Kentucky is part of a “Tobacco Nation,” a nickname for the dozen states where smoking rates are the highest in the country. A new report from the Truth Initiative, a group established as part of the 1998 Tobacco Master Settlement, highlights the swath of contiguous states that are bucking the national trend of steep declines in smoking. Robin Koval, who heads the Truth Initiative, says such a significant portion of the country shouldn’t be left behind as national progress is made to curb tobacco use.
The report says 22-percent of adults in “Tobacco Nation” smoke compared with 15 percent in the rest of the U-S, lighting up about 500 more cigarettes each year. About one in four Kentucky adults smokes regularly.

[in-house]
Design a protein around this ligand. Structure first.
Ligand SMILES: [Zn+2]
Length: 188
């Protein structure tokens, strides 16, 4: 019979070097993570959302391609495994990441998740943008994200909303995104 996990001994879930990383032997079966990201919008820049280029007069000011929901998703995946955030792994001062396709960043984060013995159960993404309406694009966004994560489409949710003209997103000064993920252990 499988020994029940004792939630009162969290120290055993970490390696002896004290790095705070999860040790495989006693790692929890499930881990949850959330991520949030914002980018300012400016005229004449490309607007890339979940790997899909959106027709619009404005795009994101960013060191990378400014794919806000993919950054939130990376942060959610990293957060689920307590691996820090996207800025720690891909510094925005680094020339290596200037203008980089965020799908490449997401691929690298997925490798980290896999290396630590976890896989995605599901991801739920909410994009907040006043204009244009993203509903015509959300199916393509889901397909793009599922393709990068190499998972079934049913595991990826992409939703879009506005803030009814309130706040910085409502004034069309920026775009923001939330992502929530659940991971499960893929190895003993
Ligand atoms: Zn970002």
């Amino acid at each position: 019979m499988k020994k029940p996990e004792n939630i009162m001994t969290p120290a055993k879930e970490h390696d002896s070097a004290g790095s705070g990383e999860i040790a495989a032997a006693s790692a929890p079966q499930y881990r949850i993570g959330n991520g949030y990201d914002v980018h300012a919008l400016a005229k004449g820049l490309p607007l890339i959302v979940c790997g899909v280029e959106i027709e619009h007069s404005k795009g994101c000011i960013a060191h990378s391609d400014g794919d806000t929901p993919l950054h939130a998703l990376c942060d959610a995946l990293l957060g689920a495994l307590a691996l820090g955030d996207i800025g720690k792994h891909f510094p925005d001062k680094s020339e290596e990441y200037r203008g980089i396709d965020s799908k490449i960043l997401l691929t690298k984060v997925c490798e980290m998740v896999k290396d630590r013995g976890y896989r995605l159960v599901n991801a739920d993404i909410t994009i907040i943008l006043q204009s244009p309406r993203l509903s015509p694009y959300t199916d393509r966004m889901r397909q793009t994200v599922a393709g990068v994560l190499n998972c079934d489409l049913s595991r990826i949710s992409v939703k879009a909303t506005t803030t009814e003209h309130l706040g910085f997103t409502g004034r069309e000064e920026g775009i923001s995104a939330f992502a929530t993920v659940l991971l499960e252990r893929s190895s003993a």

Research shows the tobacco epidemic has a disproportionate impact on people at lower income levels. According to the report, “Tobacco Nation” residents aren’t as well-off financially as the rest of the country, and generally suffer poorer health outcomes. Koval says smoking rates in these states are some of the highest in the world.
In the past two decades, the report shows the states that make up “Tobacco Nation” have received just over 31-billion dollars in payments from the Tobacco Master Settlement for prevention and control efforts. But the money is often diverted by state legislatures for other priorities. Hundreds of thousands of preventable deaths are attributed to tobacco use, and Koval says these states are not doing enough.
Kentucky is 50th among states in the America’s Health Rankings report for the percentage of adults who smoke.